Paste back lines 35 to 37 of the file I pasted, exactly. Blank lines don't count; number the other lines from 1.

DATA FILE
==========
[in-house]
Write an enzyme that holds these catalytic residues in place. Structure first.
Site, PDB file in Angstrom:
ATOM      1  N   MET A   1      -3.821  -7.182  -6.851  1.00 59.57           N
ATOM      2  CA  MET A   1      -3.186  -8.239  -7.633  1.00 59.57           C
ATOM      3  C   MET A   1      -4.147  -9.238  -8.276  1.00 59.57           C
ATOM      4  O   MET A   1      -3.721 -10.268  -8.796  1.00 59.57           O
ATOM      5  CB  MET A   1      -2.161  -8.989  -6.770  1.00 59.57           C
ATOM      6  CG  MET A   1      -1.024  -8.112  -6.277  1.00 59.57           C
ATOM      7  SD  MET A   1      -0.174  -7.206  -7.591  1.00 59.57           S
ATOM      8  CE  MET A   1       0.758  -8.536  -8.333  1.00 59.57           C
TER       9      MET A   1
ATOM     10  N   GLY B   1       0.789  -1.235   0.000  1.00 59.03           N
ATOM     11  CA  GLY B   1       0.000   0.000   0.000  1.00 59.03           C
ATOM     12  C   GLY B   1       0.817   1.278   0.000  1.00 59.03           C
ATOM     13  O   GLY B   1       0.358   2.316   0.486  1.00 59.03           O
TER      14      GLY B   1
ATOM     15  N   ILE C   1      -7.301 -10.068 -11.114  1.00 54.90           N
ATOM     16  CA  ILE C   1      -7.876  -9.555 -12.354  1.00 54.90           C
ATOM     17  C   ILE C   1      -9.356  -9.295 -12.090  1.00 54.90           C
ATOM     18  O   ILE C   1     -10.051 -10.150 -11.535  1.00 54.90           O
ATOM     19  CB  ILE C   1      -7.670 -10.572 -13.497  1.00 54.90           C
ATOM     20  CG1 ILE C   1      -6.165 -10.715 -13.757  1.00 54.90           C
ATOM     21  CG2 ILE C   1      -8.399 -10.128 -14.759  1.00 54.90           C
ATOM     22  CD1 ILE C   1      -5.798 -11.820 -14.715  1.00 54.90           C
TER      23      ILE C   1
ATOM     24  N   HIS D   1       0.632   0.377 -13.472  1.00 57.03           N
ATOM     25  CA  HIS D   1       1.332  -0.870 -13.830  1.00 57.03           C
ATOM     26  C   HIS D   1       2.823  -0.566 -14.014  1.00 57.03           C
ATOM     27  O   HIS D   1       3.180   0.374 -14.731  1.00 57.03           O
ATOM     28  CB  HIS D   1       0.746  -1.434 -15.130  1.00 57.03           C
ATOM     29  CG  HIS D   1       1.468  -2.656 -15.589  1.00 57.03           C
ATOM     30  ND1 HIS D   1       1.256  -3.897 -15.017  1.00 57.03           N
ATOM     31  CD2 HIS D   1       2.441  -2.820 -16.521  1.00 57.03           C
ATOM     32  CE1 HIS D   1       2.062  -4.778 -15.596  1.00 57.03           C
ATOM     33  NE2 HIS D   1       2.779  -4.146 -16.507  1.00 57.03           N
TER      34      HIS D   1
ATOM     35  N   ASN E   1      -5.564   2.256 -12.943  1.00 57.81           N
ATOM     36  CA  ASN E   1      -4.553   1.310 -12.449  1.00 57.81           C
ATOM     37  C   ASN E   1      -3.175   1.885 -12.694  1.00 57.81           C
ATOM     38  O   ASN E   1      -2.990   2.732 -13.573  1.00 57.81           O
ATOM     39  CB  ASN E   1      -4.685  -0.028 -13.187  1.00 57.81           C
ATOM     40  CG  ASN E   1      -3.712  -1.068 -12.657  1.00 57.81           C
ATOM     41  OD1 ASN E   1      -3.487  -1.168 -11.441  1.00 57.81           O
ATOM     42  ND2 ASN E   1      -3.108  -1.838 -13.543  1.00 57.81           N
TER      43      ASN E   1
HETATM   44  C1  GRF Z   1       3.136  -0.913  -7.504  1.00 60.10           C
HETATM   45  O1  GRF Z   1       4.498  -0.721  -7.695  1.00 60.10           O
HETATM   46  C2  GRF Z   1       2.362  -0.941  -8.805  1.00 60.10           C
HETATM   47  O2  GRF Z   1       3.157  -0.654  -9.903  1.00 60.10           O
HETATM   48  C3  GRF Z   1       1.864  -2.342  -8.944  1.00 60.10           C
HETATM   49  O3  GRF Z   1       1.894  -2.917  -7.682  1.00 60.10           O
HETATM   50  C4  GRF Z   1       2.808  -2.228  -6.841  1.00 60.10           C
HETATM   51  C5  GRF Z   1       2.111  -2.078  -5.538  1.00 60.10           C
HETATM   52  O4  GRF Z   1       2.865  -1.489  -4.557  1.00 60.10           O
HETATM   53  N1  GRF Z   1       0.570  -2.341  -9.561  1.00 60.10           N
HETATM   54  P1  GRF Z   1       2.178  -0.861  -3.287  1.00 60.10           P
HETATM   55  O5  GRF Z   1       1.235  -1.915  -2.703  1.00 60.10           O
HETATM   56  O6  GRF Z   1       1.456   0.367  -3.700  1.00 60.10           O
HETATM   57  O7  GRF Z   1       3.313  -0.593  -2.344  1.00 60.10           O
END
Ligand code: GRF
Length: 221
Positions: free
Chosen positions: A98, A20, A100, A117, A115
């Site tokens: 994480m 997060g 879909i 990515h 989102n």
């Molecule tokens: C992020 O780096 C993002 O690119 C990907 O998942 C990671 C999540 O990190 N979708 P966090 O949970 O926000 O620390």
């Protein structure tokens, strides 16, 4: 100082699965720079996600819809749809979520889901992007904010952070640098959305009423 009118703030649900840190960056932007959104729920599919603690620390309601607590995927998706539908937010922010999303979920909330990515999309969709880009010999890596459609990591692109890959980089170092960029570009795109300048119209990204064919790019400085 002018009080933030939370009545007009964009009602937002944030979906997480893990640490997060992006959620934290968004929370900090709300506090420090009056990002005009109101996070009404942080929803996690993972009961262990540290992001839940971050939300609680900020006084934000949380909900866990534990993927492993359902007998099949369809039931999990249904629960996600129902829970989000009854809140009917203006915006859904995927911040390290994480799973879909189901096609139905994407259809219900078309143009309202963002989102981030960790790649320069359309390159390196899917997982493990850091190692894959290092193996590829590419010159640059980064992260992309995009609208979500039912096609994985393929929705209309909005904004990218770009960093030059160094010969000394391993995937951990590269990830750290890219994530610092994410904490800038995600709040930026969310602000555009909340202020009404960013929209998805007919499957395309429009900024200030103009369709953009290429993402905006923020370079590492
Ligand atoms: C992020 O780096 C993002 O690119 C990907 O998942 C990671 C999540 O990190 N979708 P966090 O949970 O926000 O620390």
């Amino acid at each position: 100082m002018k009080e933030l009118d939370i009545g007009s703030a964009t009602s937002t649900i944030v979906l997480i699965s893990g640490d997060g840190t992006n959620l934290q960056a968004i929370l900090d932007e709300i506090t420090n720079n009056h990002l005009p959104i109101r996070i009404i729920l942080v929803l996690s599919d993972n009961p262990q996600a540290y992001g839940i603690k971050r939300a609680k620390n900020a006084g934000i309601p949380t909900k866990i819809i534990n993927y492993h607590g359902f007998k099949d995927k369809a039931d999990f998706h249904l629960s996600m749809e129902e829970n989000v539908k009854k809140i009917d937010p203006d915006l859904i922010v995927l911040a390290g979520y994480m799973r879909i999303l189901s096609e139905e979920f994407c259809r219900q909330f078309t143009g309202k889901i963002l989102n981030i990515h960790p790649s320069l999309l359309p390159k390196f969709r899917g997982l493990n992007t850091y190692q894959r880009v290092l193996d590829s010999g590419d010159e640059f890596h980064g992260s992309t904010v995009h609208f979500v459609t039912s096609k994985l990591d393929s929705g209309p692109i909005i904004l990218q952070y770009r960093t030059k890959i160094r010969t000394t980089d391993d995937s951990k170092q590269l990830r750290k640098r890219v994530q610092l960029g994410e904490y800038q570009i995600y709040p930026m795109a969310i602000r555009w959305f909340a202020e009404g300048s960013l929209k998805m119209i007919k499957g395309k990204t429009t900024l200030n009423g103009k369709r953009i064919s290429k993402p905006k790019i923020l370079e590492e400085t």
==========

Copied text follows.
ATOM     32  CE1 HIS D   1       2.062  -4.778 -15.596  1.00 57.03           C
ATOM     33  NE2 HIS D   1       2.779  -4.146 -16.507  1.00 57.03           N
TER      34      HIS D   1